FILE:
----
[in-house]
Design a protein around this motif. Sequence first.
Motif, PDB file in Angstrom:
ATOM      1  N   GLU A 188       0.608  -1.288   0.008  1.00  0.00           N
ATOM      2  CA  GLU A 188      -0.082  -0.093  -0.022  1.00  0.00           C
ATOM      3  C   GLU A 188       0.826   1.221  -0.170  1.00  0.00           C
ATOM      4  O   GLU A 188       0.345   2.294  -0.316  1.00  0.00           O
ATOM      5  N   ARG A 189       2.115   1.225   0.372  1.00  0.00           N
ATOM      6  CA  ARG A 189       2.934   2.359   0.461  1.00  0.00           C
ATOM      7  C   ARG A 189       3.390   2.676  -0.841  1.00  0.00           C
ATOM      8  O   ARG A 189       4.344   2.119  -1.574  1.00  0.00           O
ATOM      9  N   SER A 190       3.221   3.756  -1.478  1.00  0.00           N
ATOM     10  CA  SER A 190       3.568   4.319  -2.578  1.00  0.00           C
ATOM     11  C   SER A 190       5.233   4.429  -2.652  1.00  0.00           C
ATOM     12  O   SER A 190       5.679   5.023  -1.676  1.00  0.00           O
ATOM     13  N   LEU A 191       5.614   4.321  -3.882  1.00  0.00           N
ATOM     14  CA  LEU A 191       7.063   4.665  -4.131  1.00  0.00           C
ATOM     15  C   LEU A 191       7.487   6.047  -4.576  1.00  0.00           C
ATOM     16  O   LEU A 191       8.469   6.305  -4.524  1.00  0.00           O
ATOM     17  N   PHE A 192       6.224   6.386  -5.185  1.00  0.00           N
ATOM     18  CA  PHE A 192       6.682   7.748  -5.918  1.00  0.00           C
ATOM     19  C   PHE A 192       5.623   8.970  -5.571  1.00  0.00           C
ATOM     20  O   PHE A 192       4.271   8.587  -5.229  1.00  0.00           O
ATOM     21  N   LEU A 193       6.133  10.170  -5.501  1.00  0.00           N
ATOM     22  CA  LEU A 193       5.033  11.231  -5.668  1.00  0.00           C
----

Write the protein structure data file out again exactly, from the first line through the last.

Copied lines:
[in-house]
Design a protein around this motif. Sequence first.
Motif, PDB file in Angstrom:
ATOM      1  N   GLU A 188       0.608  -1.288   0.008  1.00  0.00           N
ATOM      2  CA  GLU A 188      -0.082  -0.093  -0.022  1.00  0.00           C
ATOM      3  C   GLU A 188       0.826   1.221  -0.170  1.00  0.00           C
ATOM      4  O   GLU A 188       0.345   2.294  -0.316  1.00  0.00           O
ATOM      5  N   ARG A 189       2.115   1.225   0.372  1.00  0.00           N
ATOM      6  CA  ARG A 189       2.934   2.359   0.461  1.00  0.00           C
ATOM      7  C   ARG A 189       3.390   2.676  -0.841  1.00  0.00           C
ATOM      8  O   ARG A 189       4.344   2.119  -1.574  1.00  0.00           O
ATOM      9  N   SER A 190       3.221   3.756  -1.478  1.00  0.00           N
ATOM     10  CA  SER A 190       3.568   4.319  -2.578  1.00  0.00           C
ATOM     11  C   SER A 190       5.233   4.429  -2.652  1.00  0.00           C
ATOM     12  O   SER A 190       5.679   5.023  -1.676  1.00  0.00           O
ATOM     13  N   LEU A 191       5.614   4.321  -3.882  1.00  0.00           N
ATOM     14  CA  LEU A 191       7.063   4.665  -4.131  1.00  0.00           C
ATOM     15  C   LEU A 191       7.487   6.047  -4.576  1.00  0.00           C
ATOM     16  O   LEU A 191       8.469   6.305  -4.524  1.00  0.00           O
ATOM     17  N   PHE A 192       6.224   6.386  -5.185  1.00  0.00           N
ATOM     18  CA  PHE A 192       6.682   7.748  -5.918  1.00  0.00           C
ATOM     19  C   PHE A 192       5.623   8.970  -5.571  1.00  0.00           C
ATOM     20  O   PHE A 192       4.271   8.587  -5.229  1.00  0.00           O
ATOM     21  N   LEU A 193       6.133  10.170  -5.501  1.00  0.00           N
ATOM     22  CA  LEU A 193       5.033  11.231  -5.668  1.00  0.00           C